Indirect Tax News - July 2022

Highlights of the new luxury goods tax

The luxury tax, originally proposed in Canada’s 2021 budget, received Royal Assent on 23 June 2022. The tax will apply to new cars and aircraft with a retail sales price over CAD 100,000 and to vessels over CAD 250,000, calculated at the lesser of 20% of the value above the relevant threshold and 10% of the full value of the item. The luxury tax will come into effect on 1 September 2022 for vehicles and vessels, but the entry into force date for aircraft may be deferred.  

What is considered a luxury good for purposes of the new tax? 

The new act—called the Select Luxury Items Tax Act—introduces the term “subject item,” which currently includes the following vehicles, aircraft and vessels: 

  • Vehicles- Passenger vehicles with a date of manufacture after 2018 typically suitable for personal use, including coupes, sedans, station wagons, sports cars, passenger vans and minivans with seating capacity of not more than 10 passengers, SUVs and passenger pick-up trucks. Motorcycles and certain off-road vehicles, such as all-terrain vehicles and snowmobiles, racing cars (i.e., vehicles that are not street legal and are owned solely for on-track or off-road racing) and certain motor homes do not fall within the scope of the luxury tax. Similarly, ambulances, hearses, vehicles clearly marked for policing activities or marked and equipped for emergency medical and fire response also fall outside the scope of the tax. 
  • Aircraft- Aircraft with date of manufacture after 2018, including an airplane, helicopter or glider with a maximum carrying capacity of less than 40 seats (including corporate aircraft). Aircraft typically used in commercial activities, such as those equipped for the carriage of passengers or designed exclusively for cargo flights, are excluded. 
  • Vessels- Vessels with a date of manufacture after 2018 and designed for leisure, recreation or sport activities, such as a yacht, houseboat or sailboat or motorboat with sleeping amenities. Floating homes, commercial fishing vessels, ferries and cruise ships are outside the scope of the tax. 

Who will be required to pay the luxury tax?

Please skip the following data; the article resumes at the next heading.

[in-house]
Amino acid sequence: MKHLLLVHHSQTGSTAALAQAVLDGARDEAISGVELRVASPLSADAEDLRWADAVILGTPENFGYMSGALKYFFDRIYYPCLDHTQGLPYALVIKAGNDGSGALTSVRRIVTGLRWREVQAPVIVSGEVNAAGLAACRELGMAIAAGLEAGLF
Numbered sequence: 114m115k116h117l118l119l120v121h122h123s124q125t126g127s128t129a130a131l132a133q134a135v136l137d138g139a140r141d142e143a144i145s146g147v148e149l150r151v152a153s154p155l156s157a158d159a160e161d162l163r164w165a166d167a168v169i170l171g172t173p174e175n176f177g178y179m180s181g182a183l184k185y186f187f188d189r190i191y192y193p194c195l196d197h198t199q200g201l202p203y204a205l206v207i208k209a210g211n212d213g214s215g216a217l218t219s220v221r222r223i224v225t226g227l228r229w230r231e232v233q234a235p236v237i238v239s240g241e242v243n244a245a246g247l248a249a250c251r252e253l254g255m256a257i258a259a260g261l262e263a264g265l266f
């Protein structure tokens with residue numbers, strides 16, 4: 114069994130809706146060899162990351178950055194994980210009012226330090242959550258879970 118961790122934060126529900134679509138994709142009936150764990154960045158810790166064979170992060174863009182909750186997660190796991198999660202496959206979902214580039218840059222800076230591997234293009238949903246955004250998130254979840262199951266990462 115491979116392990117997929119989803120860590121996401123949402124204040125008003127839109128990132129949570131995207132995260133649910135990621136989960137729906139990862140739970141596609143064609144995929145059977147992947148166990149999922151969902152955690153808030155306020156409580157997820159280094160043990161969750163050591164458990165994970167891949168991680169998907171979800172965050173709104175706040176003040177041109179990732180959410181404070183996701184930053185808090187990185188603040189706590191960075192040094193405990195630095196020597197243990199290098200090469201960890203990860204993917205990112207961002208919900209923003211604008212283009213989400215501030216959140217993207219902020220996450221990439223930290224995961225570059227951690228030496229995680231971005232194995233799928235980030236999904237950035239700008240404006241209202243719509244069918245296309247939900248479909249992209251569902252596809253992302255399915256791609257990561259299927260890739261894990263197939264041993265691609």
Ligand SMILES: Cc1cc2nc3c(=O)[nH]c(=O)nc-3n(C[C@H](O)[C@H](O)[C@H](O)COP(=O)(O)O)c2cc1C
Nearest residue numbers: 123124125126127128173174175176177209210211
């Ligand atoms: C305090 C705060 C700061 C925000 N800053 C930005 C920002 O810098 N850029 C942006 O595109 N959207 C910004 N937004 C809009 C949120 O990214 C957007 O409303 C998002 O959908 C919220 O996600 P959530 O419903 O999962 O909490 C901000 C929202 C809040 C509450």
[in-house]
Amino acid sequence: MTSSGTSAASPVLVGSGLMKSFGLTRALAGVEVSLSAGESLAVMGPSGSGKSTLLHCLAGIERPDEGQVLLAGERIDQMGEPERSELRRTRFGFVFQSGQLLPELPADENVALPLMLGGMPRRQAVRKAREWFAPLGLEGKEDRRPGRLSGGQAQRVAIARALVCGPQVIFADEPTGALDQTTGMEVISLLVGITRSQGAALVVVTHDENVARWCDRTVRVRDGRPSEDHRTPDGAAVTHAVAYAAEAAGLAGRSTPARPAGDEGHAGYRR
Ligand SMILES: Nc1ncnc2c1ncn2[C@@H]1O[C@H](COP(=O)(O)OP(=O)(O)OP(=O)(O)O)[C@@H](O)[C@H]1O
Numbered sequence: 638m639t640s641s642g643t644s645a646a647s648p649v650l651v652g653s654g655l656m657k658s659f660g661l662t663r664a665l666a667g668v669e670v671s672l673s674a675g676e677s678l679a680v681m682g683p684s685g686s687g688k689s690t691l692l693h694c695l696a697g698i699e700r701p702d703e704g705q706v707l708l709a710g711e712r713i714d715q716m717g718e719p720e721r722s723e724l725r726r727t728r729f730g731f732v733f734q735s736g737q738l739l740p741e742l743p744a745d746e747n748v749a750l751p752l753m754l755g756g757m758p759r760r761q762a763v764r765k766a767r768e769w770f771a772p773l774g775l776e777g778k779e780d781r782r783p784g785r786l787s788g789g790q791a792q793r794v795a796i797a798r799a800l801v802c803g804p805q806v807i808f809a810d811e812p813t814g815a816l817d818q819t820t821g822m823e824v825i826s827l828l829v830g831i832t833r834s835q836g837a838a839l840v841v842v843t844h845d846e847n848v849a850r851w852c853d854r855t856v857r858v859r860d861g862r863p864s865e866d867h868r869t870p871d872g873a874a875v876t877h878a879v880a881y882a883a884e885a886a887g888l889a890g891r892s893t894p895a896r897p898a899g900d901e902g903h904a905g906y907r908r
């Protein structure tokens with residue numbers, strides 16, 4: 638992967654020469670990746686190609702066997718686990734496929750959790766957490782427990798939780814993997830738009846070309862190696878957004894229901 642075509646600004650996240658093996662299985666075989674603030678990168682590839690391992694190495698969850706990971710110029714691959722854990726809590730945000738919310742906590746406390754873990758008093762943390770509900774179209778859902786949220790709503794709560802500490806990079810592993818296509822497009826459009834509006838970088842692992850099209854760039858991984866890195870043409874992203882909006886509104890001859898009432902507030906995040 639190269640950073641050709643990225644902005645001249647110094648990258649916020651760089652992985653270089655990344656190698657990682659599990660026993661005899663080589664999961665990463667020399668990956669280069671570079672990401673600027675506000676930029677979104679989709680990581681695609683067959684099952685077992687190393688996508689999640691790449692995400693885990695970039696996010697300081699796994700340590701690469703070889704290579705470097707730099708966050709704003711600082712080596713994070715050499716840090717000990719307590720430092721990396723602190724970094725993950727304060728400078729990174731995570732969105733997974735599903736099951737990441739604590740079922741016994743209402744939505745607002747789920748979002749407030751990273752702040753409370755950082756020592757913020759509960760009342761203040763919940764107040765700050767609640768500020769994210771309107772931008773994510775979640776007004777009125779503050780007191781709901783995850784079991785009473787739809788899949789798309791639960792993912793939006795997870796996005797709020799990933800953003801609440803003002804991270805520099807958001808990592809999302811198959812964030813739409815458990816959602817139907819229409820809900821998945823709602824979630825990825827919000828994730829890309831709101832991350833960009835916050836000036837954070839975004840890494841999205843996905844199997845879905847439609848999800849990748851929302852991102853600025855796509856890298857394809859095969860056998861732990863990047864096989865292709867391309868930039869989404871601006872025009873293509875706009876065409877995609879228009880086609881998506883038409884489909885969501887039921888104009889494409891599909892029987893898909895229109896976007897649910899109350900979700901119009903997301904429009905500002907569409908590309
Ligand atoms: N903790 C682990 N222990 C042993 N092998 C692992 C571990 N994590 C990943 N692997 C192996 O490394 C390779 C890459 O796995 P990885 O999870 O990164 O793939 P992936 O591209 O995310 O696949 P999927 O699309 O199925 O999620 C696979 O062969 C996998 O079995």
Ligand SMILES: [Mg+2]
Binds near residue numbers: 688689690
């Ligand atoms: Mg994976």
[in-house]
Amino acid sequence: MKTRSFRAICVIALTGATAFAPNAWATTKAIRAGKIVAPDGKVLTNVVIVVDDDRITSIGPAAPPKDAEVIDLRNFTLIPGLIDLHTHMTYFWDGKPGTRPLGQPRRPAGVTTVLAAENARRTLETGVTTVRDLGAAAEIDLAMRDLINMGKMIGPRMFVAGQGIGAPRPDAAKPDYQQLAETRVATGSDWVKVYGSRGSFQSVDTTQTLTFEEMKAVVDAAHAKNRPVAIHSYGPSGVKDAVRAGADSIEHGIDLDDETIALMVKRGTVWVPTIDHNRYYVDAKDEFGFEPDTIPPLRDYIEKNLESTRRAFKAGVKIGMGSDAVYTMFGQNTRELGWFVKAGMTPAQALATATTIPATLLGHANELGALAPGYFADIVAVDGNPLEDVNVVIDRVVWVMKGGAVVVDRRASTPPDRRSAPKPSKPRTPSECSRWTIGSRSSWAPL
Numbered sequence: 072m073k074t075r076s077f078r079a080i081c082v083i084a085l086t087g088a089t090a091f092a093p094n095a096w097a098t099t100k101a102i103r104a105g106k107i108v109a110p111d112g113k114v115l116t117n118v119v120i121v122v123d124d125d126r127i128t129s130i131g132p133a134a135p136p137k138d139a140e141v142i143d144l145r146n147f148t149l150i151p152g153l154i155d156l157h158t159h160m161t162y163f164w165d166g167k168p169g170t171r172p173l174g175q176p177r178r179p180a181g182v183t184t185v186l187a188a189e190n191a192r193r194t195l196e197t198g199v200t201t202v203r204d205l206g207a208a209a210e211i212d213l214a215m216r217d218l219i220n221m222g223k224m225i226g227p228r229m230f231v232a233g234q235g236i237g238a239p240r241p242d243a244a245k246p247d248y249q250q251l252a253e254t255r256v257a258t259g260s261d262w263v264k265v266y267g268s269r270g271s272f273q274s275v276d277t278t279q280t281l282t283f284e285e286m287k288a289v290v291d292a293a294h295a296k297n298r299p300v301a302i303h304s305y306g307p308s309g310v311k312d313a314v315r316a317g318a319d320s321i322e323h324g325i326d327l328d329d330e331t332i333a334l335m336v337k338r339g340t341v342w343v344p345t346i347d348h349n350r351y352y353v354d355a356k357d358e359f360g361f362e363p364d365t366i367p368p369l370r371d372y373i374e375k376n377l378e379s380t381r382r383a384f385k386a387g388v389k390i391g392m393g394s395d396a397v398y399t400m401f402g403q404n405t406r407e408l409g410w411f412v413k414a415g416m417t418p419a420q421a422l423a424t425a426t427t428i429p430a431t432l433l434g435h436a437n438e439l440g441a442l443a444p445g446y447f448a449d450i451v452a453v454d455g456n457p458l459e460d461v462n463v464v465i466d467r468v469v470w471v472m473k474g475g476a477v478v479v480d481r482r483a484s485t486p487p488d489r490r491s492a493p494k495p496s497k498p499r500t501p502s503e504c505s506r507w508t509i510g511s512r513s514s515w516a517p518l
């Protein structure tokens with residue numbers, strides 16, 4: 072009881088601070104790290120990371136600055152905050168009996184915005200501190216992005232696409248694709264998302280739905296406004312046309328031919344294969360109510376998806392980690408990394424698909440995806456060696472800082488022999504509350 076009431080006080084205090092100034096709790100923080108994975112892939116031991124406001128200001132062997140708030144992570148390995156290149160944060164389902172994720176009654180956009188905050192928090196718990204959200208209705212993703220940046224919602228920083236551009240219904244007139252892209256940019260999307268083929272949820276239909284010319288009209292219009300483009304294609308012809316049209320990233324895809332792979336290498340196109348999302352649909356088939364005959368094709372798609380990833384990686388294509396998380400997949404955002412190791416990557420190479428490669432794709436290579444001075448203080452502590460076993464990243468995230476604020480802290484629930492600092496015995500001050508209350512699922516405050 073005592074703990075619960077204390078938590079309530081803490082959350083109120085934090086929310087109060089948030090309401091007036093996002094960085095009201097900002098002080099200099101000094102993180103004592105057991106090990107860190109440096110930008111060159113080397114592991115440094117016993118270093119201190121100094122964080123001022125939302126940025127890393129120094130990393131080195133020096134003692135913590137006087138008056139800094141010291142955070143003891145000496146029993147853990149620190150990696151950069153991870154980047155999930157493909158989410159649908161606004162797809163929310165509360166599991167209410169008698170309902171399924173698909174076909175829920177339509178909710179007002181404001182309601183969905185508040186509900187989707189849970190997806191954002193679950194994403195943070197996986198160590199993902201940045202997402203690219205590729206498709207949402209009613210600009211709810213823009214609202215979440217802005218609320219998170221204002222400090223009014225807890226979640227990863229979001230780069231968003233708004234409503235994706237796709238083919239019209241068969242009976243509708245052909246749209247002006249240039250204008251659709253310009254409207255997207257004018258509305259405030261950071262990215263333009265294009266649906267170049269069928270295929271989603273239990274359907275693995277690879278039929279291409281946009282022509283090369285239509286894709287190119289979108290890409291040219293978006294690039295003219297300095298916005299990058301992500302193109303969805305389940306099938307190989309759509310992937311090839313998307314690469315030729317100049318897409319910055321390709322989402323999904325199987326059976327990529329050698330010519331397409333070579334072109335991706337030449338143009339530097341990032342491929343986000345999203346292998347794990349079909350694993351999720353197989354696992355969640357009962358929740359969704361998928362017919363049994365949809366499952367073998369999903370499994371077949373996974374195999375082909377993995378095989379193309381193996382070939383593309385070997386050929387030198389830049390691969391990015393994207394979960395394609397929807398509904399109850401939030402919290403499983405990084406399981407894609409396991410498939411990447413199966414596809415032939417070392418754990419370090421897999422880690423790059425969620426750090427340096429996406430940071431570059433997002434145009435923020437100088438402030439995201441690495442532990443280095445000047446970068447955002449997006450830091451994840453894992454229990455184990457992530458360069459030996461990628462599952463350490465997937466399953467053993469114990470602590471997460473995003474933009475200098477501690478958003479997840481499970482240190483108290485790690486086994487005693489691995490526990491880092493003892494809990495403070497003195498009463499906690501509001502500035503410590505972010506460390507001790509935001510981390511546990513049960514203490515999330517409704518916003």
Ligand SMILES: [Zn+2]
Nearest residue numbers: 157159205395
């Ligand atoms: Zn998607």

The luxury tax will be payable by registered vendors on the sale of subject items delivered in Canada that exceed the relevant price threshold. Sales of these items to manufacturers, wholesalers and retailers that are registered for the luxury tax will qualify for an exemption. Nonregistered importers will also pay the luxury tax on the importation of subject items. 

How will the luxury tax be calculated? 

The luxury tax will be calculated as the lesser of: 

  • 20% of the retail sale price above the relevant price threshold (CAD 100,000 for vehicles and aircraft and CAD 250,000 for vessels); or 
  • 10% of the retail sale price of the vehicle, aircraft or vessel. 

The tax will apply at the point of purchase if the final sale price paid (including any applicable duties, charges and taxes other than GST/HST or provincial sales tax) exceeds the price threshold. 

Modifications made within 12 months of purchase may be subject to self-assessment of the luxury tax if certain conditions are fulfilled. Accessibility modifications are generally excluded. 

Will the luxury tax apply to leases? 

A lease of a subject item is not considered a sale under the luxury tax regime. Lessors that carry on the business of leasing, but not selling, are not required to register and the luxury tax would, instead, apply when the lessor purchases a subject item. The cash flow effect of this tax should be considered when determining upfront charges and periodic lease payments charged by the lessor to the lessee. Registered vendors that lease subject items will be required to self-assess the tax when moving the item from inventory to lease, a reporting requirement that will need to be closely tracked by registered dealerships that also lease subject items. 

When does the luxury tax come into effect? 

The luxury tax will apply to subject vehicles and vessels delivered or imported on or after 1 September 2022. However, based on recent amendments, the tax on aircraft may be deferred to a day or days to be fixed by order of the Governor in Council.  

The tax will not apply where the vendor of the item and a nonregistered purchaser entered into a bona fide written agreement for the sale of the item before 1 January 2022. Registration will be required before the first importation or delivery of a luxury good is made. 

Final thoughts 

With the legislation now enacted, taxpayers should consider which actions should be taken to ensure compliance with the new luxury tax.  

Brian Morcombe